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The right to medicines in a world of stock-outs

Access to essential medicines in the public health system cannot be a service that the state voluntarily undertakes; it must be considered an undeniable right of every Indian

India is widely recognised as the pharmacy of the developing world thanks to its generic drugs manufacturing sector. Yet, ironically, it often fails to provide necessary drugs to its own population. Several States across India have been reporting that essential HIV drugs, especially nevirapine, have gone out of stock. This is deplorable considering we supply affordable HIV drugs globally and save millions of lives but have somehow managed a stock-out at home.
Drug shortages are common in India and rarely make news. A stock-out of essential HIV drugs, however, is nothing short of a crisis; it is one that has parallels in previous stock-outs and raises many questions. What causes drug stock-outs? Who is responsible and accountable for them? Where do the poor go when they need these drugs? Finally, what are the implications of these stock-outs on the control of infectious diseases such as HIV and TB?
A culture of neglect
Let’s consider how stock-outs happen. Contrary to popular perception, the government is designed to be a competent machinery with detailed systems in place to avoid such crisis. Drug stocks in the public health system are meant to be regularly monitored and the suppliers should be kept in the loop about future requirements. Hence all drug stock-outs are created — either out of neglect or out of self-interest. No drug stock-out is ever an unanticipated one. Who then is responsible for these stock-outs? It’s rarely an individual but usually a result of actions (or inactions) by a group or the entire system. A drug stock-out requires some negligence, compliance and efforts by all actors. For one, it requires the purposeful ignoring of well-structured systems of reporting on drug stocks. It also demands continued delays in forecasting and planning. Finally, there must be extensive procrastination or delay in procurements.
This points to several systemic weaknesses that are difficult but essential to address. There is a culture of neglect where the health establishment is geared for minimal action to disturb the status quo. There is also a deeply ingrained mindset of mutual protection. Despite a looming crisis, people within the system rarely raise an alarm. The matter only reaches a head when word gets out to the media or someone senior calls for explanations. Until then the system protects itself while poor patients wait for the health system to deliver.
Where then do the poor go when they do not receive drugs? They have two options — they can wait and suffer or they go to the private sector. Truthfully, this is not really a choice. It’s well-known that a large number of patients seek care in the private sector only due to the overburdened and patient-unfriendly nature of the public sector. So, those who seek care in the public sector either cannot afford to go to the private sector or have already been exploited by it.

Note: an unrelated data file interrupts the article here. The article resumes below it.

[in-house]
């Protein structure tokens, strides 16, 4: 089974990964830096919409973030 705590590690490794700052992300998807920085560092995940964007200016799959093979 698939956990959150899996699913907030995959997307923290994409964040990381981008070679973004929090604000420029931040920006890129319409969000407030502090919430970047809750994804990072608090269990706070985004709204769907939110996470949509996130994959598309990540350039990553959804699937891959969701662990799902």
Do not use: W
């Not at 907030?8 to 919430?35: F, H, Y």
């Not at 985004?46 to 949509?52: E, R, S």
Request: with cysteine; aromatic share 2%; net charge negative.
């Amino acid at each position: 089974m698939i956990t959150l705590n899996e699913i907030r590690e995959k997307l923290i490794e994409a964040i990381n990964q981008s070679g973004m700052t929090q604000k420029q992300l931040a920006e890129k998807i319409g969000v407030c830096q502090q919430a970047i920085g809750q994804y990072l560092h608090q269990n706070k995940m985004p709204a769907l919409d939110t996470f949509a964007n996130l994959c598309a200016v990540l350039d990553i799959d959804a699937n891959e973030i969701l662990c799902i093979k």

This raises the critical question of the government’s role as the primary provider of drugs and services to the poorest. This extensive power seems to come with little accountability. The issue also has legal and ethical implications: how can the state put lives of patients with HIV at risk by not making essential drugs available? Patients suffering from TB and HIV also suffer extensive physical, psychological, social and economic consequences of these diseases. These diseases impact income, raise expenses and often push families into debt. By not providing appropriate and timely treatment, the government is further acerbating their suffering and also limiting their ability to build constructive lives.
Implications for disease control
A stock-out also has significant implications for disease control. Unplanned HIV treatment interruptions lead to increased risk resistance to HIV drugs, failure of treatment, and death. Similarly, a TB patient without drugs can become drug-resistant and infectious. Imagine a TB patient in a crowded slum — coughing and transmitting the disease. Stock-outs also significantly reduce the patient’s trust in the system and makes retention of patients more difficult. Undoubtedly, these stock-outs represent a lack of appropriate governance and accountability within the health system. With new leadership in the Health Ministry, addressing stock-outs should be a top priority. This should be followed by immediate remedial action to ensure that these crises do not recur in any form in the future.
At the same time, it’s also important that we as a people seek accountability for our right to free quality health services. Despite political posturing, the idea of Universal Health Coverage remains elusive and continues to lack political commitment and resources. Neglect by successive governments has resulted in the growth of an unregulated and exploitative private sector which has become the primary provider of health services to Indians. It is ethically and morally untenable that the state can renege on its duty to provide the poor and vulnerable health care, particularly medicines under the public sector. It violates human rights and all notions of justice and empathy. Access to essential medicines in the public health system cannot be a service that the state voluntarily undertakes; it must be considered an undeniable right of every Indian.

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